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FSU Art Historians at the Southeastern College Art Conference

Published October 29, 2013

cbcvbcvbFSU was once again well represented by Art History graduate students and alumni at the Southeastern College Art Conference this year. The 2013 conference was held in Greensboro, NC, October 30 to November 2.  In the session In Search of Justice, chaired by alumnus Elizabeth Heuer (PhD 2008), MA student Krystle Stricklin presented “Memorial Cranes Trapped in Barbwire: Untangling Language and Memories of the Japanese American Incarceration.”   Stricklin considered the use of language in monuments to the Japanese American incarceration and how these memorial space draws from a conflict-ridden history of euphemistic stratagems and the politics of forgetting.  In the same session, alumnus Jennifer Courts (PhD 2011) presented “The Crucifixion of the Parlement de Paris: National Justice in Fifteenth-Century France,” exploring the renovation of the justice system in fifteenth-century France in the wake of the Hundred Years’ War.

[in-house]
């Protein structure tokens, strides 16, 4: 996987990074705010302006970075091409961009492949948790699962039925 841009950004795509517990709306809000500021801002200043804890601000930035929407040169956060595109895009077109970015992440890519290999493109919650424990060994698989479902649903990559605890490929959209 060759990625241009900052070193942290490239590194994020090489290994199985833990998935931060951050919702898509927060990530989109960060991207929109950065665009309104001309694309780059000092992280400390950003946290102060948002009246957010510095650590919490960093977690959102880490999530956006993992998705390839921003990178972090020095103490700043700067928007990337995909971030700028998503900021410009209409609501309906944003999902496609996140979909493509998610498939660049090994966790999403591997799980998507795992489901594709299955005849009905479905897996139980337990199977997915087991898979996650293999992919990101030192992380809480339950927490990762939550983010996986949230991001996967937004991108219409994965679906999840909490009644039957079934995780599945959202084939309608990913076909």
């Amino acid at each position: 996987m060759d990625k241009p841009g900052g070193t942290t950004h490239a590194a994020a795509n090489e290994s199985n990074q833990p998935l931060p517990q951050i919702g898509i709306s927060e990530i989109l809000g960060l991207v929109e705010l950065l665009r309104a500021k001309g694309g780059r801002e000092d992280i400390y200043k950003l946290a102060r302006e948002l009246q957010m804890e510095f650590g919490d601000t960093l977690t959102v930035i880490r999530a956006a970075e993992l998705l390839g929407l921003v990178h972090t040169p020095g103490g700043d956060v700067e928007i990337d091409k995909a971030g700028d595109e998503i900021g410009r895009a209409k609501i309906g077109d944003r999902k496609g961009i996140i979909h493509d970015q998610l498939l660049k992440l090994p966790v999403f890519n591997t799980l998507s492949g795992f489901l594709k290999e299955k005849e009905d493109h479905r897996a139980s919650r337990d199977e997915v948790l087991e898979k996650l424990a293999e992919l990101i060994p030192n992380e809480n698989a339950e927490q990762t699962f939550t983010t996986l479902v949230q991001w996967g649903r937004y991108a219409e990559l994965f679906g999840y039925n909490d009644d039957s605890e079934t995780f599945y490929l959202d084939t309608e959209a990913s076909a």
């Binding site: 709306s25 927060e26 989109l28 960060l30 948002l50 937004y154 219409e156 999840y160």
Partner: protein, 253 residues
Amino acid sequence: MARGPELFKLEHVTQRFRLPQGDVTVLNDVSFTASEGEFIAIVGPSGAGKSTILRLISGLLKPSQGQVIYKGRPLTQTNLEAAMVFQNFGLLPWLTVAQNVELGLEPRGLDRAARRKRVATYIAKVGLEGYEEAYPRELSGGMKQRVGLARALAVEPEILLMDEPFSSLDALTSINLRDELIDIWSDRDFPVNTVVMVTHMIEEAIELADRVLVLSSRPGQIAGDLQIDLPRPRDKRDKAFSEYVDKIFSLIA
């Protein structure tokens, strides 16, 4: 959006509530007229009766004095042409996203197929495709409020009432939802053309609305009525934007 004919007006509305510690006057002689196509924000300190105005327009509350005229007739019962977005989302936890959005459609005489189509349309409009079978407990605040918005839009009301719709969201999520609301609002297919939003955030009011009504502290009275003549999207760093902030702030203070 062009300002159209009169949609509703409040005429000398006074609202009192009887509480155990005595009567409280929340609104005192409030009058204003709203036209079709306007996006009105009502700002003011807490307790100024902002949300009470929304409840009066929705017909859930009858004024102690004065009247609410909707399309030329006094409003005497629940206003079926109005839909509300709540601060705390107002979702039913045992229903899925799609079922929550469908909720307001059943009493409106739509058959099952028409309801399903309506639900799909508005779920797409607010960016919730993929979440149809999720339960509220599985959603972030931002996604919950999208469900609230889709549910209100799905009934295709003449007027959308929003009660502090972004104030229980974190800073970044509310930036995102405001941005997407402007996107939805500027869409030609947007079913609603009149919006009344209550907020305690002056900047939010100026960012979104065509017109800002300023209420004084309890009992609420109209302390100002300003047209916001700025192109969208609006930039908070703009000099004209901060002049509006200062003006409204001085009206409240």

Doctoral students Deirdre Carter and Bryan Schaeffer both participated in the panel The Role of Interdisciplinary Scholarship in Pre-Columbian Art, which investigated how interdisciplinary scholarship helps in the study of art history for the Pre-contact Americas.  Carter presented “Sustenance for the Gods: Turkeys in Mesoamerican Art, Ritual, and Daily Life.”  Schaeffer’s paper, “Receiving Gods and Re-creating Origins: Travel and Movement in Mesoamerica,” examined how travel and movement are written about, visualized, and practiced in Mesoamerica, reconstituting and recapitulating various people’s origins and their ancillary connections to deities.
 
Alumnus Sam Ewing (MA 2012) also returned to SECAC this year with the paper “BREAKING NEWS: Paraphotographer Robert Heinecken Unmasks the Composition of the Reagan-era Media Landscape” in the session ParaFiction and ParaFact: The Space Between.  Also on Friday, Keri Watson (PhD 2010) presented “Elizabeth McCausland: Critic, Curator, and Activist” in the session Confronting Challenges, Asserting Presence: Women in the American Art World 1900–1970. And on Saturday afternoon, November 2, alumnus Jennifer Feltman (PhD 2011) presented “Building Virtue at Amiens: Moral Theology and the Rhetoric of Construction in the West Facade Dado Sculptures” in the session The Twelfth Century in Art and Thought.